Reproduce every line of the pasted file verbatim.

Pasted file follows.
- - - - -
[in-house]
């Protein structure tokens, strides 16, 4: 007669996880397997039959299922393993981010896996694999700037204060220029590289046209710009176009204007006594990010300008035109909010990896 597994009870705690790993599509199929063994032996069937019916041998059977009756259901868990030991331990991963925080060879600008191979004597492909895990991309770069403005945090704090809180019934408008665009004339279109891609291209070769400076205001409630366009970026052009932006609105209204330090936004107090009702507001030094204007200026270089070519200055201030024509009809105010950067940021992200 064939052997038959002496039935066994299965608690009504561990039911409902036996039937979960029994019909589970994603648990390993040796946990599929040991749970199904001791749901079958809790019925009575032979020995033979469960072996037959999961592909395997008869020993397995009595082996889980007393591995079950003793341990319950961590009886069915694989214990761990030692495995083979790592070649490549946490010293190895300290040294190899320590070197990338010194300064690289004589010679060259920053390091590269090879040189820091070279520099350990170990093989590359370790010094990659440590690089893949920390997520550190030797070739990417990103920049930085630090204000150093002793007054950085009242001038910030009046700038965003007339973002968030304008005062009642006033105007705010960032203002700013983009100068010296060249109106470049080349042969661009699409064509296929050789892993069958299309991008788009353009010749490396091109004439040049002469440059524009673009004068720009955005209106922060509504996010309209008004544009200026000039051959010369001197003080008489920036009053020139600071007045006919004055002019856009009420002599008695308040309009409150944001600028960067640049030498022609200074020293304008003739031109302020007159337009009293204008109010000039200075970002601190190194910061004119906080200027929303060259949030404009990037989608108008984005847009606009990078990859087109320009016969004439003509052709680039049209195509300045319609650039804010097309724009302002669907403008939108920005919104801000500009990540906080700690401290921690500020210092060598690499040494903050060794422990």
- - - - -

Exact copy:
[in-house]
């Protein structure tokens, strides 16, 4: 007669996880397997039959299922393993981010896996694999700037204060220029590289046209710009176009204007006594990010300008035109909010990896 597994009870705690790993599509199929063994032996069937019916041998059977009756259901868990030991331990991963925080060879600008191979004597492909895990991309770069403005945090704090809180019934408008665009004339279109891609291209070769400076205001409630366009970026052009932006609105209204330090936004107090009702507001030094204007200026270089070519200055201030024509009809105010950067940021992200 064939052997038959002496039935066994299965608690009504561990039911409902036996039937979960029994019909589970994603648990390993040796946990599929040991749970199904001791749901079958809790019925009575032979020995033979469960072996037959999961592909395997008869020993397995009595082996889980007393591995079950003793341990319950961590009886069915694989214990761990030692495995083979790592070649490549946490010293190895300290040294190899320590070197990338010194300064690289004589010679060259920053390091590269090879040189820091070279520099350990170990093989590359370790010094990659440590690089893949920390997520550190030797070739990417990103920049930085630090204000150093002793007054950085009242001038910030009046700038965003007339973002968030304008005062009642006033105007705010960032203002700013983009100068010296060249109106470049080349042969661009699409064509296929050789892993069958299309991008788009353009010749490396091109004439040049002469440059524009673009004068720009955005209106922060509504996010309209008004544009200026000039051959010369001197003080008489920036009053020139600071007045006919004055002019856009009420002599008695308040309009409150944001600028960067640049030498022609200074020293304008003739031109302020007159337009009293204008109010000039200075970002601190190194910061004119906080200027929303060259949030404009990037989608108008984005847009606009990078990859087109320009016969004439003509052709680039049209195509300045319609650039804010097309724009302002669907403008939108920005919104801000500009990540906080700690401290921690500020210092060598690499040494903050060794422990």